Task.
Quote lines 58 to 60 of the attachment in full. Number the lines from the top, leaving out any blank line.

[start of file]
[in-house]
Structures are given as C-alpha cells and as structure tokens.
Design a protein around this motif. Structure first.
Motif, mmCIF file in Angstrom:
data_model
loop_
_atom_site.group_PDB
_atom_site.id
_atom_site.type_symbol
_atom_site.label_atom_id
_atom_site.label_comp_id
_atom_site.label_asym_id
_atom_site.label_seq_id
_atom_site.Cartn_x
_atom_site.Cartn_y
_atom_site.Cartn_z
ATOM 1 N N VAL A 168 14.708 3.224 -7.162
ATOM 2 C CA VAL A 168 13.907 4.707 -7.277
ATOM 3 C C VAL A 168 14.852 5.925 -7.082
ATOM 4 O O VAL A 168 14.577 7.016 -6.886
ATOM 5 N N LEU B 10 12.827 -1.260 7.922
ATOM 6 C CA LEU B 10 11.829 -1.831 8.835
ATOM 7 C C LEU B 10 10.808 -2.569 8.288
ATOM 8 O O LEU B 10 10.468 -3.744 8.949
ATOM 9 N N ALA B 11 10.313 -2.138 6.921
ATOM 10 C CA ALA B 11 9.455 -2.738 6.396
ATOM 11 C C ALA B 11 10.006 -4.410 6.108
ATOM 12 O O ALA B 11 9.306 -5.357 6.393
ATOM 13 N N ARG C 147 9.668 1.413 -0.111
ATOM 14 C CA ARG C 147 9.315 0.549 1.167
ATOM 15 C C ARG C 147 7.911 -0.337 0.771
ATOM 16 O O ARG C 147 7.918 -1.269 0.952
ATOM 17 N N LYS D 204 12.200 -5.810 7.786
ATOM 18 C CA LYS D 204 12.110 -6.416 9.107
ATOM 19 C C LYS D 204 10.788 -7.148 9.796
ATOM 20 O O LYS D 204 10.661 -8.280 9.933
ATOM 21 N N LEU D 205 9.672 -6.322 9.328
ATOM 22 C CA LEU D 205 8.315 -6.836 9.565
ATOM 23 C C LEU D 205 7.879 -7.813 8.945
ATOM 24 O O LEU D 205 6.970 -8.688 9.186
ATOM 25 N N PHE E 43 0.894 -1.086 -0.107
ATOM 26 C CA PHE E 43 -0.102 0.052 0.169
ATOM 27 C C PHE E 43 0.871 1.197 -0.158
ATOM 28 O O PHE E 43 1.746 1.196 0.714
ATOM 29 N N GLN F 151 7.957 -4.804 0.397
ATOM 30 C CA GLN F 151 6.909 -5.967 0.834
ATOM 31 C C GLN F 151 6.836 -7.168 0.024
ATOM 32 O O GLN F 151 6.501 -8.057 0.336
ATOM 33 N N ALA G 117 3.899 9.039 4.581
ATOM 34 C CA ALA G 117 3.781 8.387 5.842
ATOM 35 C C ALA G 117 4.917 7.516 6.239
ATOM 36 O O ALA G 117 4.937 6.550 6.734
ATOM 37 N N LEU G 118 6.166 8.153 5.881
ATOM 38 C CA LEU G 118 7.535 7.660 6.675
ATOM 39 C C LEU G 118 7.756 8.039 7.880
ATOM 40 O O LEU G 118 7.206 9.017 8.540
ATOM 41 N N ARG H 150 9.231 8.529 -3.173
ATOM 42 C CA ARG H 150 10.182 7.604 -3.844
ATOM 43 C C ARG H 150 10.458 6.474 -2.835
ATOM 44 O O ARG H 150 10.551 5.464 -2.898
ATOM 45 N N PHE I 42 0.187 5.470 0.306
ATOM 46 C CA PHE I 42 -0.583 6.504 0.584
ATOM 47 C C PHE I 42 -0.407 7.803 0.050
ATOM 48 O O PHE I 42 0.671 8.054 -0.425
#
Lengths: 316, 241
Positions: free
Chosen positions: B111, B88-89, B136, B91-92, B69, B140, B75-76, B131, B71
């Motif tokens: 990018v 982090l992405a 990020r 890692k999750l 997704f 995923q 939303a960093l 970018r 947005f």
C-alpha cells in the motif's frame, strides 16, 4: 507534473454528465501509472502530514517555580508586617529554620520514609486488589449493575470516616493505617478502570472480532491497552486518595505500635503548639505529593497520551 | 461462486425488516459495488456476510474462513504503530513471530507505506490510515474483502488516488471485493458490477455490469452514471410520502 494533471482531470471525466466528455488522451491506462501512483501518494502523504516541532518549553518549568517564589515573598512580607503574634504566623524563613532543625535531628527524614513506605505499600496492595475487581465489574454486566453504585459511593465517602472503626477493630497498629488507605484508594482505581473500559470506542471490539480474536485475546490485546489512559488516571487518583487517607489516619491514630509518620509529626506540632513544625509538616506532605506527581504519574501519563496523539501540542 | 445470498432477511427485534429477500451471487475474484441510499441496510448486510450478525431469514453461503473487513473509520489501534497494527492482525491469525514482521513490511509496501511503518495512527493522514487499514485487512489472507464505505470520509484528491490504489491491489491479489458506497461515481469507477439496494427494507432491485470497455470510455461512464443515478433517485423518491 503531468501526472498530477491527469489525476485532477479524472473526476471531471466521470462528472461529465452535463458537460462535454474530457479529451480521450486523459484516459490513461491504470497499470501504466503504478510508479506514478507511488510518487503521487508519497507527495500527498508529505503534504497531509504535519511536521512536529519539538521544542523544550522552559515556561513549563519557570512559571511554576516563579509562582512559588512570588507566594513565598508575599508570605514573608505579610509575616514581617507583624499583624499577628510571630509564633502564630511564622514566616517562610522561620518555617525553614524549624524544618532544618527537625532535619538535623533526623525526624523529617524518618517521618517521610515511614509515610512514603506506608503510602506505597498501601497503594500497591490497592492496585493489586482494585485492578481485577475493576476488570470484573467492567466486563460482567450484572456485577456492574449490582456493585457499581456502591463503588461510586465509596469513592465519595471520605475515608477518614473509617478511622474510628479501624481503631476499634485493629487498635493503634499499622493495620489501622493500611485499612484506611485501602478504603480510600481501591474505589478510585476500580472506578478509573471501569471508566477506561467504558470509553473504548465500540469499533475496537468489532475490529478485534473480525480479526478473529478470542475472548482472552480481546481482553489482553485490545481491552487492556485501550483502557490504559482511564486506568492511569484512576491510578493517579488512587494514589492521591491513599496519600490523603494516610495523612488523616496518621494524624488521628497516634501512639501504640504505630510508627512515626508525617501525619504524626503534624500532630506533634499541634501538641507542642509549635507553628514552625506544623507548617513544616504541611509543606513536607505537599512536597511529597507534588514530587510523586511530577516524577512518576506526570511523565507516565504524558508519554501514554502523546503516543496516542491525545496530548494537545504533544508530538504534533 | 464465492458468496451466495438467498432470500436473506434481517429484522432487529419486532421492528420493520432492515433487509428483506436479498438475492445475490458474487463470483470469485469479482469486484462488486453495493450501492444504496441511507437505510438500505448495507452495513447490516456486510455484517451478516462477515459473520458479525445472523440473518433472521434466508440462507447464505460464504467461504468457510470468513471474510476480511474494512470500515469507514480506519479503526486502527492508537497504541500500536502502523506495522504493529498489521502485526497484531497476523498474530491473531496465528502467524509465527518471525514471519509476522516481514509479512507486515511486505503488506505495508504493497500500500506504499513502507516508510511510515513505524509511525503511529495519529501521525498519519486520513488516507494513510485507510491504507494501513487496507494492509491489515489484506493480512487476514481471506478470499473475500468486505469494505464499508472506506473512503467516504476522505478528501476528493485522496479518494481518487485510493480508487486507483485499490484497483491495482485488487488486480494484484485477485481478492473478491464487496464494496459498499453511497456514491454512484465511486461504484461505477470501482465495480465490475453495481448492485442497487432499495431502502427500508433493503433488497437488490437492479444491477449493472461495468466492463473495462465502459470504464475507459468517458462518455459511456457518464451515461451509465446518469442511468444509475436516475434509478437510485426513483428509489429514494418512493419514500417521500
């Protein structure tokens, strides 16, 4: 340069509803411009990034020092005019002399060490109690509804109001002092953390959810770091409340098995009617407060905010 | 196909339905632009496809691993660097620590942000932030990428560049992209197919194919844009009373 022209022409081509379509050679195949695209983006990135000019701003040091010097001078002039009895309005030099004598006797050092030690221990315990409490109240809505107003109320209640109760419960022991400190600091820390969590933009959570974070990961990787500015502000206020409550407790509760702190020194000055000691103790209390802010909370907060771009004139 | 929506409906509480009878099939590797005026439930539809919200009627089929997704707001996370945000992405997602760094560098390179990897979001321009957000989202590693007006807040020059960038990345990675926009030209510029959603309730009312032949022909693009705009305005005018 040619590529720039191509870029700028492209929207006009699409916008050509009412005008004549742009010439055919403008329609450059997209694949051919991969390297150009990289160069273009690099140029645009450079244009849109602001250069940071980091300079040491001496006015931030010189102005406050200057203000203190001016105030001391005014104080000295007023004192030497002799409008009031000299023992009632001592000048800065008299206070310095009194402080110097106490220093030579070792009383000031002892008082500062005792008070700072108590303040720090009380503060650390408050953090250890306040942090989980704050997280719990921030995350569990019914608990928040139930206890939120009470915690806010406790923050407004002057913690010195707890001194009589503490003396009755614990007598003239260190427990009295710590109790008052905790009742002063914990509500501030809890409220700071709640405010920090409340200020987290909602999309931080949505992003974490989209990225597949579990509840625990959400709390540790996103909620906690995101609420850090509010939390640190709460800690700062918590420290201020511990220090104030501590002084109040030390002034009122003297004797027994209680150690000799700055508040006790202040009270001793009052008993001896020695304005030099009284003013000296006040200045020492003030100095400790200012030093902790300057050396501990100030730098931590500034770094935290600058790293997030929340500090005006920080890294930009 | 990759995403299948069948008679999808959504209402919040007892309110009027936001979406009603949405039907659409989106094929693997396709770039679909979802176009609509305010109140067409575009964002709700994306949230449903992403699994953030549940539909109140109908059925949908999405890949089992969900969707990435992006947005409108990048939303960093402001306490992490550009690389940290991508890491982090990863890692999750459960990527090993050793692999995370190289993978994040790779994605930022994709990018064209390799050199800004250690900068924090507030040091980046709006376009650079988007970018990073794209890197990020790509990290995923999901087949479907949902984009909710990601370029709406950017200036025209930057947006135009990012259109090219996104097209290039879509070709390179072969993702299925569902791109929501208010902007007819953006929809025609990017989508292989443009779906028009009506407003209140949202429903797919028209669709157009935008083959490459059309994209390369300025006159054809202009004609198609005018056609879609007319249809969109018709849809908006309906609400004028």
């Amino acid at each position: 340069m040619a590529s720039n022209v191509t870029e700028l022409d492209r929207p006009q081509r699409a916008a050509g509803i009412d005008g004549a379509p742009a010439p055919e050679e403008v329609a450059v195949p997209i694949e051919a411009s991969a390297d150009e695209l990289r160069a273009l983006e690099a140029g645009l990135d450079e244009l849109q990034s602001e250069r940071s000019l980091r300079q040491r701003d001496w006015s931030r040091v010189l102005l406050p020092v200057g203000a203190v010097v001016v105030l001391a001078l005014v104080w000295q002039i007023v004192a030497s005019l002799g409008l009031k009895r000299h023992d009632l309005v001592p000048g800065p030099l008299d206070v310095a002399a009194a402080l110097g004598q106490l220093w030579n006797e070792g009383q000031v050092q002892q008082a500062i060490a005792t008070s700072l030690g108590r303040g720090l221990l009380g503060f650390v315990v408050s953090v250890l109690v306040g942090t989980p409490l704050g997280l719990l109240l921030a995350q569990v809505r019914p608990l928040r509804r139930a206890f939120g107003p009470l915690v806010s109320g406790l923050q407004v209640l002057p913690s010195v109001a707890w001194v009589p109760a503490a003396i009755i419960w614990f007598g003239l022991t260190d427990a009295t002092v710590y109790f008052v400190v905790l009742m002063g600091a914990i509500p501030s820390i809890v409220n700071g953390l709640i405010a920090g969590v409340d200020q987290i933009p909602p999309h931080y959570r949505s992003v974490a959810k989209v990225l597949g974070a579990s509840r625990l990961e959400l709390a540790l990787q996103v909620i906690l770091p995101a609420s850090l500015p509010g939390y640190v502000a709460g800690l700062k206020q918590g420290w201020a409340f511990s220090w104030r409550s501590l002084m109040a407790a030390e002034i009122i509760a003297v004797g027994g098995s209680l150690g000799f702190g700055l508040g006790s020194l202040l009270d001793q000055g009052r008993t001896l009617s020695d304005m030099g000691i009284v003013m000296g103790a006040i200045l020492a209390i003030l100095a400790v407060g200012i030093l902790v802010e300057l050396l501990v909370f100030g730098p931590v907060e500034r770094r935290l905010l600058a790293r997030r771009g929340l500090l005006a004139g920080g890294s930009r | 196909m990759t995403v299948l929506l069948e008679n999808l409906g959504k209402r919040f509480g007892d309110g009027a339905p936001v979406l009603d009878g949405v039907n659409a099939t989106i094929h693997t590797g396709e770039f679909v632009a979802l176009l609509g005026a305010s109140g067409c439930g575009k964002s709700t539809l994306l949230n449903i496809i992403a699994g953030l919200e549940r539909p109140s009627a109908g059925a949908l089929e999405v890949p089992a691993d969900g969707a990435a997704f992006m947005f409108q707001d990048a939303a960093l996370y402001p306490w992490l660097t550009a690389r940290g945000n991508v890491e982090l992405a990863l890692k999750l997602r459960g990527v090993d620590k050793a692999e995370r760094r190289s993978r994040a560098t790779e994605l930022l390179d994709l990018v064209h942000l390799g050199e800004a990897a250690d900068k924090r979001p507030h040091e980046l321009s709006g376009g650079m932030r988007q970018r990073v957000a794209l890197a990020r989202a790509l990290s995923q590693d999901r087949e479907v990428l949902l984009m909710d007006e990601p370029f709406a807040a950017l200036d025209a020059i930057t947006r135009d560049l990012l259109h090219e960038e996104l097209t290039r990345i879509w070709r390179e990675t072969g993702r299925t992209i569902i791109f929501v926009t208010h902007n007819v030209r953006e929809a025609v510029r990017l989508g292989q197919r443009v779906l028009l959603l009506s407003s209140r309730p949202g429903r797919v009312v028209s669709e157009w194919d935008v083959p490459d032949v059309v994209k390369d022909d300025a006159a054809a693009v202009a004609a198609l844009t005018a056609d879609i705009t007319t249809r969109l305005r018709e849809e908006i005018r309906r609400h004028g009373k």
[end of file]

ATOM 42 C CA ARG H 150 10.182 7.604 -3.844
ATOM 43 C C ARG H 150 10.458 6.474 -2.835
ATOM 44 O O ARG H 150 10.551 5.464 -2.898